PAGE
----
My 2 year niece weighs 30kgs (66.13 lbs) and tall for her age (3 feet/91cm tall). Despite her weight she does not really eat much.. we we're advised that it's growth spurt. Is there a cause for concern? Is this normal?

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    what's the unit kls? 30lbs is very normal (babycenter.com/…), while 30klbs will be a bit too heavy
    – jf328
    Jan 5, 2016 at 9:37
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    Welcome to Parenting.SE! Was it a medical professional that advised this is part of a growth spurt?
    – Acire
    Jan 5, 2016 at 14:54
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    You haven't mentioned height, so there's no way to tell what her weight should be, but if you meant 30kgs, that seems like twice of what even a large 2yo should weigh.
    – JPhi1618
    Jan 5, 2016 at 18:31
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    Growth spurt was advised by her pediatrician.. yes 30kgs..it seems a bit odd to me as her height seems to be of a 4 yr old.
    – Lanie
    Jan 5, 2016 at 22:06
  • @Lanie - You still have not mentioned her height. There are many growth charts (this this all over the internet, but you need age, weight and height. Pick one appropriate for your nationality.
    – dave
    Jan 5, 2016 at 23:01

1 Answer 1


For weight, 30 kilograms is quite heavy for a 2 year old. Per the cdc growth charts1 @dave posted in comments, a two year old will typically be between 10 and 15 kilograms (20-35 pounds) (5%-95% range). However, you need to take into account her height in determining what you'd expect her to weigh; for that you have weight-for-stature (weight-for-height) charts.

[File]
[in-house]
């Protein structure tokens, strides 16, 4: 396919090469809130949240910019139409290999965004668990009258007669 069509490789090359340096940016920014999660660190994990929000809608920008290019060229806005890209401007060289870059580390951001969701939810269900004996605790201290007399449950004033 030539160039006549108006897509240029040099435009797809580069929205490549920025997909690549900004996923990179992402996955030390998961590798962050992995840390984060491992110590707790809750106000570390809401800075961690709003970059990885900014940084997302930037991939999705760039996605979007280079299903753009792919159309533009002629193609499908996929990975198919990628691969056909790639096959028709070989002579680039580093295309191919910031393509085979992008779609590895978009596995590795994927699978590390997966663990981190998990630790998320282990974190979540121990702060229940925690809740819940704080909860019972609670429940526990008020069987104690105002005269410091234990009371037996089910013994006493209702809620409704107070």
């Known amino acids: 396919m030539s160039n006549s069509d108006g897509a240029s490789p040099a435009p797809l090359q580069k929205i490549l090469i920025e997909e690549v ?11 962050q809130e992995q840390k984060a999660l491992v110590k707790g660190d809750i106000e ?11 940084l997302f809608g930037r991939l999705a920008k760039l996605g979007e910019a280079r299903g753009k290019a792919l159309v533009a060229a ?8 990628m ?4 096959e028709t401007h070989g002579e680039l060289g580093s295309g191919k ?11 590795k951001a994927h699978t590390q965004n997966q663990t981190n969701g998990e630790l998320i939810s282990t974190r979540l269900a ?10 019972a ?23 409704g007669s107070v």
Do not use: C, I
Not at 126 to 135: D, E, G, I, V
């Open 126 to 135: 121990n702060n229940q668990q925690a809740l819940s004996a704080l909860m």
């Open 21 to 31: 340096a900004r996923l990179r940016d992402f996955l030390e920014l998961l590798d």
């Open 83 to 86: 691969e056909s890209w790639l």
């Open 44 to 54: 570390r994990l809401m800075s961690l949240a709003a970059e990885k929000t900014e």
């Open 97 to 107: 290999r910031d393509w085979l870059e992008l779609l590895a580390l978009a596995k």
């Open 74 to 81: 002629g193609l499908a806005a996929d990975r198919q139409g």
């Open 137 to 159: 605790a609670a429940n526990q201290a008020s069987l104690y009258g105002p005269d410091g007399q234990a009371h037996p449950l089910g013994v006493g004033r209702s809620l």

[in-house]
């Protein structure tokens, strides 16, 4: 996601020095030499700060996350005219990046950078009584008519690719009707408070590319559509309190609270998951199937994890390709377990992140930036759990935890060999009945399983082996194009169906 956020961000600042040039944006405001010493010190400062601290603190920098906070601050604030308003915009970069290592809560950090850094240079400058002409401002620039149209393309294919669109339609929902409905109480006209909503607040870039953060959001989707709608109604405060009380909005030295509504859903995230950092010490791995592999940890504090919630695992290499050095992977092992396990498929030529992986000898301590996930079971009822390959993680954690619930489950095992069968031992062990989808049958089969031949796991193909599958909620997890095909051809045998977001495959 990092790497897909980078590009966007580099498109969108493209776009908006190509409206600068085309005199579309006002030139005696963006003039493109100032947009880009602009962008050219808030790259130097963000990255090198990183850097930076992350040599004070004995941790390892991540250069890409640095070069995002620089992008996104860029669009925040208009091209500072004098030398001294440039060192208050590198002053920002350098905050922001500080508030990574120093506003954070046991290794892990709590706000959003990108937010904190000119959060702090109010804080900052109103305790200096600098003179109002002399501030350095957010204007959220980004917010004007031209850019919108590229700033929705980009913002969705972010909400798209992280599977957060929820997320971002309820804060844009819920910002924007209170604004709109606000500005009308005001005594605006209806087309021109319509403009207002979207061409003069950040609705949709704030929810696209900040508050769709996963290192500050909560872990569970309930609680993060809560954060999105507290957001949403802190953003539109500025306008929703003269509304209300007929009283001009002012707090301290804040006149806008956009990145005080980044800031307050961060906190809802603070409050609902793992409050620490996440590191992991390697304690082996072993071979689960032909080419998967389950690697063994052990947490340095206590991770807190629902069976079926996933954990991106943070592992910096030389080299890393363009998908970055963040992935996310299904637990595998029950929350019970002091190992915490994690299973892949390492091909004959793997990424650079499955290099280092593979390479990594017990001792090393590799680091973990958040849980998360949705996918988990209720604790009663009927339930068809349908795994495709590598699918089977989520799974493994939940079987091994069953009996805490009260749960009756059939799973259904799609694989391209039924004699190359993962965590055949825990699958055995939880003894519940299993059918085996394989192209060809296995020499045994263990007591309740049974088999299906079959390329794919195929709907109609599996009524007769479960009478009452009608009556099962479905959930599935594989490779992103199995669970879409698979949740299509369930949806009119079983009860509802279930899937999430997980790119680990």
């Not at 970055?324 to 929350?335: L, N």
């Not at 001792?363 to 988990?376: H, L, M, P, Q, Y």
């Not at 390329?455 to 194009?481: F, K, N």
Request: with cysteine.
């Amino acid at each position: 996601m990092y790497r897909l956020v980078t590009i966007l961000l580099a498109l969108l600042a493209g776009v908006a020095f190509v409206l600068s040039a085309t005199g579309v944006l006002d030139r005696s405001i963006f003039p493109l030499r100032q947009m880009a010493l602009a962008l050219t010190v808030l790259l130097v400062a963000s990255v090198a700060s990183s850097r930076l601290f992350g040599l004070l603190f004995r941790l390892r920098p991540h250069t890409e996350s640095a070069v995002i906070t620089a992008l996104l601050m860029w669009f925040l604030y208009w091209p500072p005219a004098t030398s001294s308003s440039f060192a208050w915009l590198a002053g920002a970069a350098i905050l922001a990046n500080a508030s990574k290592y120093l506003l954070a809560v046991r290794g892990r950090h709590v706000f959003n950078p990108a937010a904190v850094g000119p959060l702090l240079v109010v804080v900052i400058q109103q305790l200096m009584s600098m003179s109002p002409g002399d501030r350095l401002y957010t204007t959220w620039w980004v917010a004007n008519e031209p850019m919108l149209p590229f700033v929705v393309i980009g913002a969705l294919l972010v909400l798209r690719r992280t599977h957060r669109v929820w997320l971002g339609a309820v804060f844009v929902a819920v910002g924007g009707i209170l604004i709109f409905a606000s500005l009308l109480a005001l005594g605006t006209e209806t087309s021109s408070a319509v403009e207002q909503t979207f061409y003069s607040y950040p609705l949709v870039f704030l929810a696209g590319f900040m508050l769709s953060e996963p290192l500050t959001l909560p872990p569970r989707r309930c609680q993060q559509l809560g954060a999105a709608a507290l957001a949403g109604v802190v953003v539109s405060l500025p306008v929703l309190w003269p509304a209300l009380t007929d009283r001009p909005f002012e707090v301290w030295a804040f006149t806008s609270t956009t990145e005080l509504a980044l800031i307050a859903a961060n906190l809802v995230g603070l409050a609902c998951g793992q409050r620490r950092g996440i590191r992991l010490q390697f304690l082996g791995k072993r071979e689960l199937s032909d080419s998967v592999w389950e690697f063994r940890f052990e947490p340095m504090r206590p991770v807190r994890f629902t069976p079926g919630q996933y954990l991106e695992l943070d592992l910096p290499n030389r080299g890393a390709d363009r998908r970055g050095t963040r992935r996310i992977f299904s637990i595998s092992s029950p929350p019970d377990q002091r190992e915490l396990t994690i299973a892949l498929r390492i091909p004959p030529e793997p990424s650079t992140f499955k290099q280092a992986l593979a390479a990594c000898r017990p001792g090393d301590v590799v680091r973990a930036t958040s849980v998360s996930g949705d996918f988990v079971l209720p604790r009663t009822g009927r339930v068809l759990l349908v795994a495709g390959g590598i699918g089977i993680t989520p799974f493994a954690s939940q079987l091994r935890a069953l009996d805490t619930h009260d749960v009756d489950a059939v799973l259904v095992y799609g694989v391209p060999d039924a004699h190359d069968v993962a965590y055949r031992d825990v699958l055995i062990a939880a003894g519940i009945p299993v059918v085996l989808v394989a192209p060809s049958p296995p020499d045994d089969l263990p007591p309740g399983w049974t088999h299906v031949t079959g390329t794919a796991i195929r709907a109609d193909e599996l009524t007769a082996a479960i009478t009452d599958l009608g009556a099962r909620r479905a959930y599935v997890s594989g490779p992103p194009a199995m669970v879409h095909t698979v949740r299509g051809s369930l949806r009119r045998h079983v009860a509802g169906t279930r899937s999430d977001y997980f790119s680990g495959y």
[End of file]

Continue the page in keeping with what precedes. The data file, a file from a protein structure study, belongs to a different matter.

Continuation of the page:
Based on the height you reported (3' or 91cm), the range is slightly higher (as she is indeed tall for her age); the typical range (5%-95%) is between 12 and 16 kilograms. 30 kilograms is off the linked chart; you'd expect a 30kg child to be more like 4' tall (125cm) or more.

So - no, it's not "normal", based on the statistics. Whether it's healthy is something the pediatrician would address. If they're not concerned, then perhaps it's worth asking why? Perhaps the measurements were provided incorrectly - maybe she's really 30 pounds for example, and her parents misheard/misunderstood the doctor. If she seems substantially heavier than other children her age (30kg would be substantially heavier), and it's something that's worrying her parents, it's definitely something worth asking about - if nothing else just to find out why the pediatrician isn't worried.

[1] CDC growth charts are based on American children; WHO growth charts may show somewhat different results, although usually in the same ballpark. Unfortunately they're much harder to read, so we tend to use CDC charts here. For reference, the weight-for-height for girls in WHO shows slightly higher (5% or so) estimates than the CDC does, but not enough to change the details significantly above.

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    Just a note: you're not interpreting the chart correctly. If she is 95%ile in height at two, her normal weight is not what is in the 5th to 95%ile. Someone in the 95%ile of height should be somewhere in the same vicinity in weight. (Indeed, someone in the 95%ile of height is usually off the chart in weight; but if she were in the 5%ile of weight, I suspect there would be a serious problem to solve.) Nonetheless, one point on the chart doesn't really give as much information as would the points on the first 24 months. Jan 6, 2016 at 18:04
  • @anongoodnurse That's what the second paragraph was intended to address - the weight-for-height percentiles should indicate that relationship. (Technically, the 95th percentile for weight is still 95th percentile for weight regardless of height - so > 95th percentile is still unusual, regardless of the obviously correlated factor of height.) I edited to make that a bit more clear.
    – Joe
    Jan 6, 2016 at 18:11
  • Thank you.. I'll share this with her parents.. she's now seeing a new pediatrician.thank you everyone for the input
    – Lanie
    Jan 10, 2016 at 2:41

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